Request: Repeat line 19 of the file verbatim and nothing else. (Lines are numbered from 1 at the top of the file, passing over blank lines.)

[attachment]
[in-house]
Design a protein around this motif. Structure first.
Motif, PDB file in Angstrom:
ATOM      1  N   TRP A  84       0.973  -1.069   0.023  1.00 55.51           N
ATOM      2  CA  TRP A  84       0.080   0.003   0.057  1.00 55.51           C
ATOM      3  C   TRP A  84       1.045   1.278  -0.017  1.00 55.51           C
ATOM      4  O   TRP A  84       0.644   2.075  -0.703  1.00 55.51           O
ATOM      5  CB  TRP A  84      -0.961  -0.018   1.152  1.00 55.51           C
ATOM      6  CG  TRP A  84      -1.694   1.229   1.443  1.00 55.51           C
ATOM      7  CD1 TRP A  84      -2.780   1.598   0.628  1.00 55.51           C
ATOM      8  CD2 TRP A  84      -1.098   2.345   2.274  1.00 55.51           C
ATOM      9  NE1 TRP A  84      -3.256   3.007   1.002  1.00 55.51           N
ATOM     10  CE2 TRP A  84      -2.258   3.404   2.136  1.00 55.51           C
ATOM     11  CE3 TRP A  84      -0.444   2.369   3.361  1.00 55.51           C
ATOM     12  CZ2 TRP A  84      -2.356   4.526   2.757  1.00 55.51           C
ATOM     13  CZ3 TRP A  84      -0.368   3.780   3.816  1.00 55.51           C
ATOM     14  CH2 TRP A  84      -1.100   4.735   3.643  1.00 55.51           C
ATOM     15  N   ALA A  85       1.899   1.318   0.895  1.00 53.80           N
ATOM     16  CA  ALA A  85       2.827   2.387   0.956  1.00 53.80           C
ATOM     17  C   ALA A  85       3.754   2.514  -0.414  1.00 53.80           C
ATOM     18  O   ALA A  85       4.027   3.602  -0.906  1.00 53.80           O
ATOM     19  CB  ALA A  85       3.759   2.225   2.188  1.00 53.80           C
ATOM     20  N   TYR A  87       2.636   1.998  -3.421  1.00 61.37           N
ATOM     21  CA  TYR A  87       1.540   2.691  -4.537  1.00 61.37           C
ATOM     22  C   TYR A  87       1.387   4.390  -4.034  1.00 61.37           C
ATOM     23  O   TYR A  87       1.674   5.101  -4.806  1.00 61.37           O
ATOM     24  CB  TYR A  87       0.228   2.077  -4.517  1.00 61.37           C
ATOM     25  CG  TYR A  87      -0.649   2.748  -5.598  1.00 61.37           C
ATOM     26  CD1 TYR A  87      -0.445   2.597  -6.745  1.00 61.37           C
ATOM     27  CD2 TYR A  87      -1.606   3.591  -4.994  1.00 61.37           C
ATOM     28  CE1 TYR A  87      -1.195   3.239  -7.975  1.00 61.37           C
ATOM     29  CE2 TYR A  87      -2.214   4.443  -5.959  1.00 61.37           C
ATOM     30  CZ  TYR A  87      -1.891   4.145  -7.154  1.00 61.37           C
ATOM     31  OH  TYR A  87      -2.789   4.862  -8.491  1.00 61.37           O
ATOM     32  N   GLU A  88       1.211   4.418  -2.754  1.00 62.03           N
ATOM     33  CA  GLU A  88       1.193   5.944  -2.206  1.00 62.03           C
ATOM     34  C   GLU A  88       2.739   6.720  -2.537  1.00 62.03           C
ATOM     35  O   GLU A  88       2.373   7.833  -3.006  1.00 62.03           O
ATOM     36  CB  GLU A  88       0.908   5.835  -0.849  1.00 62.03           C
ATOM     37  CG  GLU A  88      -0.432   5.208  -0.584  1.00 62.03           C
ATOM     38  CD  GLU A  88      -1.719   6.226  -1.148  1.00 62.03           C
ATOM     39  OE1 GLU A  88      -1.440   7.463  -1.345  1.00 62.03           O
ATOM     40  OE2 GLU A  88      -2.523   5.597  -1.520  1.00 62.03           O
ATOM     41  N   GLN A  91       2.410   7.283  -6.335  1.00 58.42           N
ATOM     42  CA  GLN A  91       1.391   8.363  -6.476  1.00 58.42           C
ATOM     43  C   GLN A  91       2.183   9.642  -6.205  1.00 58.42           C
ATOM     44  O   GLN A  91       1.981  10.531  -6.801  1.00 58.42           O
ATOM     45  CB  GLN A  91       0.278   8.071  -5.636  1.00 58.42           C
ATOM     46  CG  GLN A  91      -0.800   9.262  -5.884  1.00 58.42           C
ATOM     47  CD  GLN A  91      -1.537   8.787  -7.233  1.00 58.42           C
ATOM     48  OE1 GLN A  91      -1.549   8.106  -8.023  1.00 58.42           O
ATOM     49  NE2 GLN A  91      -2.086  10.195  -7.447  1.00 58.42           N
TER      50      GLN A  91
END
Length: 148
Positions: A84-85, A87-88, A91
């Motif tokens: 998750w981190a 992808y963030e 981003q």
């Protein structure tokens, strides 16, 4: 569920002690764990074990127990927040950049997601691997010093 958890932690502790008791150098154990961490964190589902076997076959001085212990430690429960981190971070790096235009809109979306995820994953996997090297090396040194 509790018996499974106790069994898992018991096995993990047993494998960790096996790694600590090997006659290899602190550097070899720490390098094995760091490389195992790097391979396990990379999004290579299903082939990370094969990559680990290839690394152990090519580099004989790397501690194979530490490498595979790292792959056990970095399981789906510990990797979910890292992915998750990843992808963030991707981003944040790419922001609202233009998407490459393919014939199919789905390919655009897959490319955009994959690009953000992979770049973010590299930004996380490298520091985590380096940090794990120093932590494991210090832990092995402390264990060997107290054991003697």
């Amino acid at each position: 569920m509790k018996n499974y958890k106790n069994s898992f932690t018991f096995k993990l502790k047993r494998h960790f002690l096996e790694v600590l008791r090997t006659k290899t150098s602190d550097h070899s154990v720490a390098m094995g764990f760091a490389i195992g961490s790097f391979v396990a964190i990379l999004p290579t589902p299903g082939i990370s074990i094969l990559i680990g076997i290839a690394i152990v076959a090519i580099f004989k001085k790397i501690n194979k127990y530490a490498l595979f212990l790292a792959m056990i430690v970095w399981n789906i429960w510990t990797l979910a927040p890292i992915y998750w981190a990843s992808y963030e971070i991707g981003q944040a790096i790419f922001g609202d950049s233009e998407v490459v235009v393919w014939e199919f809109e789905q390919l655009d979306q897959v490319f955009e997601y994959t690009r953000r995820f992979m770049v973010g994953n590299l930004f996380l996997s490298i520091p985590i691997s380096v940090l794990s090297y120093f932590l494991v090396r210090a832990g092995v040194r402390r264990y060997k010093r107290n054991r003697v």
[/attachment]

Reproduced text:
ATOM     16  CA  ALA A  85       2.827   2.387   0.956  1.00 53.80           C